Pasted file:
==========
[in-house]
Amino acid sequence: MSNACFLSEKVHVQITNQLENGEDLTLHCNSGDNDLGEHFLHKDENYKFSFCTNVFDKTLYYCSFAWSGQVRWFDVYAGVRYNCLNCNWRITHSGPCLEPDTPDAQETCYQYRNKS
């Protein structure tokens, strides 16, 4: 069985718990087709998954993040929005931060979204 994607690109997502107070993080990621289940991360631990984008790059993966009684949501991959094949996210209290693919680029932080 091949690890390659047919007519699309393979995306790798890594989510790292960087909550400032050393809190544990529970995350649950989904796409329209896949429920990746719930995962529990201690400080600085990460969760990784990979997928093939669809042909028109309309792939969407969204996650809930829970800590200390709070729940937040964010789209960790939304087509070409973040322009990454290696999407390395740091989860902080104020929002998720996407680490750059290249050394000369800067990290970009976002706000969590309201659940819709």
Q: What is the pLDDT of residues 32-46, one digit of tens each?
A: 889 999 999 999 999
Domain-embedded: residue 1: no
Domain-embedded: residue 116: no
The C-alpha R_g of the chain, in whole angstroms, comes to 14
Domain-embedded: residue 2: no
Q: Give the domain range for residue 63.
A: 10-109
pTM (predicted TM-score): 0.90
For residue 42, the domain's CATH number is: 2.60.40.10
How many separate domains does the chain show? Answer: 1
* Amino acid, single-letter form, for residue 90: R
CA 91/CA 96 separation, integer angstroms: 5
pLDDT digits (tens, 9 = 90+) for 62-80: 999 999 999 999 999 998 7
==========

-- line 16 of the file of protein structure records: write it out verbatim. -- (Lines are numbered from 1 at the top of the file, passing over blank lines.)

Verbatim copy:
CA 91/CA 96 separation, integer angstroms: 5